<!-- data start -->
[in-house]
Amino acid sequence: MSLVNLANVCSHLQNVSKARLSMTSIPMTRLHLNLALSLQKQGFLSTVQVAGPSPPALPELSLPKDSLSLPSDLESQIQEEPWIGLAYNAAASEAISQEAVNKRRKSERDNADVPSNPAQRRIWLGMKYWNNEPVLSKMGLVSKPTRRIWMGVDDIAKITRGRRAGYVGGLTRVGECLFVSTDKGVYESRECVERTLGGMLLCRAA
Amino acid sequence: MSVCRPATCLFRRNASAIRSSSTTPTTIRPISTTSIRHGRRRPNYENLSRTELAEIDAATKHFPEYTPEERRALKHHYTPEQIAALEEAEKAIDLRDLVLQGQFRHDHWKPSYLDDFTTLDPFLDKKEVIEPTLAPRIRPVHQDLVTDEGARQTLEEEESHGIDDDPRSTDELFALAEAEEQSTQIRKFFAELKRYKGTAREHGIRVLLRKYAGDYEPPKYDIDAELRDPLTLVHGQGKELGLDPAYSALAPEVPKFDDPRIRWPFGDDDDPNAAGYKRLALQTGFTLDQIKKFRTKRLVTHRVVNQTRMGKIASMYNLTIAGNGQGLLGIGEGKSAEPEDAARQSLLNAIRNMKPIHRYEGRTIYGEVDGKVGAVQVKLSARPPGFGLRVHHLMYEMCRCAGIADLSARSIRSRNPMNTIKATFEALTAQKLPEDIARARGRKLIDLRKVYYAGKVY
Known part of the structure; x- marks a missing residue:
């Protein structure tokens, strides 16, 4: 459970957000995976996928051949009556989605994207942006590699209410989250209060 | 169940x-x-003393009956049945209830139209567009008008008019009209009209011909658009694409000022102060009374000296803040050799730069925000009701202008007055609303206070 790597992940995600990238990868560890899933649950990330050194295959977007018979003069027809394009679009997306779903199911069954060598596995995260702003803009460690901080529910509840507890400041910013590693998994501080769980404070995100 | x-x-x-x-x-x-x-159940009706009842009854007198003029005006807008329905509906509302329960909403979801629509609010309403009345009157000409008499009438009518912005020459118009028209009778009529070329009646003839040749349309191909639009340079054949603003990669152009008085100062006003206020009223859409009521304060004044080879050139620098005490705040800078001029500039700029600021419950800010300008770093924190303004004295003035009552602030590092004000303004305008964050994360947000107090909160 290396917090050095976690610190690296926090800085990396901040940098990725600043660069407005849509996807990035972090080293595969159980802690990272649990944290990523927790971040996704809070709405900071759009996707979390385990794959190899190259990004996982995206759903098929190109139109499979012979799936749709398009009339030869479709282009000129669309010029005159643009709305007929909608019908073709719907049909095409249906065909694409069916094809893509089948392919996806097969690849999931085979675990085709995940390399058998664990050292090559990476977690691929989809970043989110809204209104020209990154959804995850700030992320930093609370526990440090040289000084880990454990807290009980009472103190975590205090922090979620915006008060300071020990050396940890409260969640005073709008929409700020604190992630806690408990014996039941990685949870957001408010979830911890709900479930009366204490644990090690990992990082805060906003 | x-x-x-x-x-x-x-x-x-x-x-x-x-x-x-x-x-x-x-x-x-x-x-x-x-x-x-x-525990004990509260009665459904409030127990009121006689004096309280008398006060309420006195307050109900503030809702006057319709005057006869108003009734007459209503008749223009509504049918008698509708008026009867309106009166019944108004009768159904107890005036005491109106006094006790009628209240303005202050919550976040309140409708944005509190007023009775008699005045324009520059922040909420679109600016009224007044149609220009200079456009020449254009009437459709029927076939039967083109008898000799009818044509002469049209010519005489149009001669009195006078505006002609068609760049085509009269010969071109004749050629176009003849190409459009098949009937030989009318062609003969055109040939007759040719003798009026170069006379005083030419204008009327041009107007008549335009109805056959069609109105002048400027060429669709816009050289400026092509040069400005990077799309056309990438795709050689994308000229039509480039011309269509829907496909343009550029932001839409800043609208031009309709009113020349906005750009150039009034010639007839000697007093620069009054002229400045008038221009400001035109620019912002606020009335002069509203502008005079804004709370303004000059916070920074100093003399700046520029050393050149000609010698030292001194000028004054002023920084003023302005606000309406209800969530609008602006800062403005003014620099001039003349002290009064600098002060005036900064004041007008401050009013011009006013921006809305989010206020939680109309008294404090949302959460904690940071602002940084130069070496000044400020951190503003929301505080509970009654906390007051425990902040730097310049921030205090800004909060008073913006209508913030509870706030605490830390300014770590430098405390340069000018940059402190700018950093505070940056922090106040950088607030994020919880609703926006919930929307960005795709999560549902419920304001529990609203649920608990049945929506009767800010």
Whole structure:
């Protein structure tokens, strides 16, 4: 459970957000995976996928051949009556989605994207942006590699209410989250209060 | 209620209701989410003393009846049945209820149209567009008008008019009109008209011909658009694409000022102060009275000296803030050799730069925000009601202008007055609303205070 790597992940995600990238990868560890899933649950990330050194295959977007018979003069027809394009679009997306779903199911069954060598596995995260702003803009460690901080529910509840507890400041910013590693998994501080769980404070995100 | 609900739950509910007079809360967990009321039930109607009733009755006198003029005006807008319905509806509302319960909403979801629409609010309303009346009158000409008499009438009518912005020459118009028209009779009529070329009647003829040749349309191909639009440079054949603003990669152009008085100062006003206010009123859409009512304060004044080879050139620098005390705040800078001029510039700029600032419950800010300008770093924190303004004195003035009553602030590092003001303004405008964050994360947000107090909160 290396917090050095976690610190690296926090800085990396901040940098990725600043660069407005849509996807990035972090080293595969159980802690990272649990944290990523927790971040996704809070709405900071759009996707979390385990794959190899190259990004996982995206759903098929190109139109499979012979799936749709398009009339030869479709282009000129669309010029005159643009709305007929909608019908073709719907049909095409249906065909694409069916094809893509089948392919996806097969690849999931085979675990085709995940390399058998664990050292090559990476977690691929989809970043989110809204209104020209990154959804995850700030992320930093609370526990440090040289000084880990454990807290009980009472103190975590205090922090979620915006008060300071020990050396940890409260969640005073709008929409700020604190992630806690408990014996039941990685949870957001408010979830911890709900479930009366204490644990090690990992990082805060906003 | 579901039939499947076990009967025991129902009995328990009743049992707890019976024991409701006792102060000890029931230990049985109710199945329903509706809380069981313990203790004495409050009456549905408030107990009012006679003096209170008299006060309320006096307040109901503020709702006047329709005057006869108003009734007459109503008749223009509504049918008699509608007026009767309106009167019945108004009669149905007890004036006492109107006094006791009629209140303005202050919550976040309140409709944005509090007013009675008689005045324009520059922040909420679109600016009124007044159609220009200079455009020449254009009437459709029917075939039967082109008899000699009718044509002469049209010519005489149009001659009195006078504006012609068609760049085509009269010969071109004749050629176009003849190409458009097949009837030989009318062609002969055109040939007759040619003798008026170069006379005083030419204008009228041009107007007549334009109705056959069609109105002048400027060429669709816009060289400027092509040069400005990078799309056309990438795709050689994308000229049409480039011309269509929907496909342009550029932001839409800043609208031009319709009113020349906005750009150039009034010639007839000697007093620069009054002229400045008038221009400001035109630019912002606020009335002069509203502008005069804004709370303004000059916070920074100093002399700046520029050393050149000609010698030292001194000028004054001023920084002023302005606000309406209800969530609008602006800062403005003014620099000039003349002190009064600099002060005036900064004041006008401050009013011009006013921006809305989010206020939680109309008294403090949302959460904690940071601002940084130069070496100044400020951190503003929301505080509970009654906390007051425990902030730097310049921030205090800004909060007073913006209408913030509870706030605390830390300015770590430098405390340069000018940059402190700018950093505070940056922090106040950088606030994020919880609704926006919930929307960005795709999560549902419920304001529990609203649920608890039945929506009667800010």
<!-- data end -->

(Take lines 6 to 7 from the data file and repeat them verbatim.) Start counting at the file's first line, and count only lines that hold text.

Whole structure:
């Protein structure tokens, strides 16, 4: 459970957000995976996928051949009556989605994207942006590699209410989250209060 | 209620209701989410003393009846049945209820149209567009008008008019009109008209011909658009694409000022102060009275000296803030050799730069925000009601202008007055609303205070 790597992940995600990238990868560890899933649950990330050194295959977007018979003069027809394009679009997306779903199911069954060598596995995260702003803009460690901080529910509840507890400041910013590693998994501080769980404070995100 | 609900739950509910007079809360967990009321039930109607009733009755006198003029005006807008319905509806509302319960909403979801629409609010309303009346009158000409008499009438009518912005020459118009028209009779009529070329009647003829040749349309191909639009440079054949603003990669152009008085100062006003206010009123859409009512304060004044080879050139620098005390705040800078001029510039700029600032419950800010300008770093924190303004004195003035009553602030590092003001303004405008964050994360947000107090909160 290396917090050095976690610190690296926090800085990396901040940098990725600043660069407005849509996807990035972090080293595969159980802690990272649990944290990523927790971040996704809070709405900071759009996707979390385990794959190899190259990004996982995206759903098929190109139109499979012979799936749709398009009339030869479709282009000129669309010029005159643009709305007929909608019908073709719907049909095409249906065909694409069916094809893509089948392919996806097969690849999931085979675990085709995940390399058998664990050292090559990476977690691929989809970043989110809204209104020209990154959804995850700030992320930093609370526990440090040289000084880990454990807290009980009472103190975590205090922090979620915006008060300071020990050396940890409260969640005073709008929409700020604190992630806690408990014996039941990685949870957001408010979830911890709900479930009366204490644990090690990992990082805060906003 | 579901039939499947076990009967025991129902009995328990009743049992707890019976024991409701006792102060000890029931230990049985109710199945329903509706809380069981313990203790004495409050009456549905408030107990009012006679003096209170008299006060309320006096307040109901503020709702006047329709005057006869108003009734007459109503008749223009509504049918008699509608007026009767309106009167019945108004009669149905007890004036006492109107006094006791009629209140303005202050919550976040309140409709944005509090007013009675008689005045324009520059922040909420679109600016009124007044159609220009200079455009020449254009009437459709029917075939039967082109008899000699009718044509002469049209010519005489149009001659009195006078504006012609068609760049085509009269010969071109004749050629176009003849190409458009097949009837030989009318062609002969055109040939007759040619003798008026170069006379005083030419204008009228041009107007007549334009109705056959069609109105002048400027060429669709816009060289400027092509040069400005990078799309056309990438795709050689994308000229049409480039011309269509929907496909342009550029932001839409800043609208031009319709009113020349906005750009150039009034010639007839000697007093620069009054002229400045008038221009400001035109630019912002606020009335002069509203502008005069804004709370303004000059916070920074100093002399700046520029050393050149000609010698030292001194000028004054001023920084002023302005606000309406209800969530609008602006800062403005003014620099000039003349002190009064600099002060005036900064004041006008401050009013011009006013921006809305989010206020939680109309008294403090949302959460904690940071601002940084130069070496100044400020951190503003929301505080509970009654906390007051425990902030730097310049921030205090800004909060007073913006209408913030509870706030605390830390300015770590430098405390340069000018940059402190700018950093505070940056922090106040950088606030994020919880609704926006919930929307960005795709999560549902419920304001529990609203649920608890039945929506009667800010």